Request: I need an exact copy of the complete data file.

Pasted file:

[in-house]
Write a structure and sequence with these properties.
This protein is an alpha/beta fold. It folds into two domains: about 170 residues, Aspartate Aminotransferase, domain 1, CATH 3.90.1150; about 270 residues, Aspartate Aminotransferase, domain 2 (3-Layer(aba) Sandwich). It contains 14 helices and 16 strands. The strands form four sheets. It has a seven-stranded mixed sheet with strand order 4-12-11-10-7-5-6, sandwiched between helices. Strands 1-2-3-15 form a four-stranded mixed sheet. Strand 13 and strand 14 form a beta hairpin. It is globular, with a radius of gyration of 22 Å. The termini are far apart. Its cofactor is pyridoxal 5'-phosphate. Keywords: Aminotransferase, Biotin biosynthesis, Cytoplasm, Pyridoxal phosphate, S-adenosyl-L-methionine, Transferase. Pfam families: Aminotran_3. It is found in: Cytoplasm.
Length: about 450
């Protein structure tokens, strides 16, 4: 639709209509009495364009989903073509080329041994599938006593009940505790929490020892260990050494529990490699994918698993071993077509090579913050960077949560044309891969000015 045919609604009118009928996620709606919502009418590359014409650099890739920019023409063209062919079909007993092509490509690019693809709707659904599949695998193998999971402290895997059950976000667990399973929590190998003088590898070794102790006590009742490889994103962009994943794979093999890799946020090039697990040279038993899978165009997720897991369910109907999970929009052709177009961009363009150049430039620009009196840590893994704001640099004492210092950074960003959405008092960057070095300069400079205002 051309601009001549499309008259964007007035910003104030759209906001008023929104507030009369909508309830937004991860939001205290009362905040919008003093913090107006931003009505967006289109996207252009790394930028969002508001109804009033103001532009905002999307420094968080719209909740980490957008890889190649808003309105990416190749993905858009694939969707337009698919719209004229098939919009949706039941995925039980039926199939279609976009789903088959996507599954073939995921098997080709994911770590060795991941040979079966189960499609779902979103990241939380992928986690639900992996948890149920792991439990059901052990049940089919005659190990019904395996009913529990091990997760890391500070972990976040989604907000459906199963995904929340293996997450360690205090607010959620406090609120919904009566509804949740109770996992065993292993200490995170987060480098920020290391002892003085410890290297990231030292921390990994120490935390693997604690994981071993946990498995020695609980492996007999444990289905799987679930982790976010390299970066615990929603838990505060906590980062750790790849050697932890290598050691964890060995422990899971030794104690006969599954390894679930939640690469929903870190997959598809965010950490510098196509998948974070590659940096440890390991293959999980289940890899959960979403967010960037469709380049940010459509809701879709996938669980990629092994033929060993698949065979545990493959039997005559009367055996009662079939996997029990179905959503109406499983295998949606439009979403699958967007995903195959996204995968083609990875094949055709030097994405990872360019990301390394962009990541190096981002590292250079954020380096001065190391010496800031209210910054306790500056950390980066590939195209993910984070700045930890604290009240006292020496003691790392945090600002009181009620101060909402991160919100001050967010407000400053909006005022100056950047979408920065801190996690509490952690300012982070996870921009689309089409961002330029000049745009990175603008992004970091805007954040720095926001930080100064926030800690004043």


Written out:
[in-house]
Write a structure and sequence with these properties.
This protein is an alpha/beta fold. It folds into two domains: about 170 residues, Aspartate Aminotransferase, domain 1, CATH 3.90.1150; about 270 residues, Aspartate Aminotransferase, domain 2 (3-Layer(aba) Sandwich). It contains 14 helices and 16 strands. The strands form four sheets. It has a seven-stranded mixed sheet with strand order 4-12-11-10-7-5-6, sandwiched between helices. Strands 1-2-3-15 form a four-stranded mixed sheet. Strand 13 and strand 14 form a beta hairpin. It is globular, with a radius of gyration of 22 Å. The termini are far apart. Its cofactor is pyridoxal 5'-phosphate. Keywords: Aminotransferase, Biotin biosynthesis, Cytoplasm, Pyridoxal phosphate, S-adenosyl-L-methionine, Transferase. Pfam families: Aminotran_3. It is found in: Cytoplasm.
Length: about 450
């Protein structure tokens, strides 16, 4: 639709209509009495364009989903073509080329041994599938006593009940505790929490020892260990050494529990490699994918698993071993077509090579913050960077949560044309891969000015 045919609604009118009928996620709606919502009418590359014409650099890739920019023409063209062919079909007993092509490509690019693809709707659904599949695998193998999971402290895997059950976000667990399973929590190998003088590898070794102790006590009742490889994103962009994943794979093999890799946020090039697990040279038993899978165009997720897991369910109907999970929009052709177009961009363009150049430039620009009196840590893994704001640099004492210092950074960003959405008092960057070095300069400079205002 051309601009001549499309008259964007007035910003104030759209906001008023929104507030009369909508309830937004991860939001205290009362905040919008003093913090107006931003009505967006289109996207252009790394930028969002508001109804009033103001532009905002999307420094968080719209909740980490957008890889190649808003309105990416190749993905858009694939969707337009698919719209004229098939919009949706039941995925039980039926199939279609976009789903088959996507599954073939995921098997080709994911770590060795991941040979079966189960499609779902979103990241939380992928986690639900992996948890149920792991439990059901052990049940089919005659190990019904395996009913529990091990997760890391500070972990976040989604907000459906199963995904929340293996997450360690205090607010959620406090609120919904009566509804949740109770996992065993292993200490995170987060480098920020290391002892003085410890290297990231030292921390990994120490935390693997604690994981071993946990498995020695609980492996007999444990289905799987679930982790976010390299970066615990929603838990505060906590980062750790790849050697932890290598050691964890060995422990899971030794104690006969599954390894679930939640690469929903870190997959598809965010950490510098196509998948974070590659940096440890390991293959999980289940890899959960979403967010960037469709380049940010459509809701879709996938669980990629092994033929060993698949065979545990493959039997005559009367055996009662079939996997029990179905959503109406499983295998949606439009979403699958967007995903195959996204995968083609990875094949055709030097994405990872360019990301390394962009990541190096981002590292250079954020380096001065190391010496800031209210910054306790500056950390980066590939195209993910984070700045930890604290009240006292020496003691790392945090600002009181009620101060909402991160919100001050967010407000400053909006005022100056950047979408920065801190996690509490952690300012982070996870921009689309089409961002330029000049745009990175603008992004970091805007954040720095926001930080100064926030800690004043």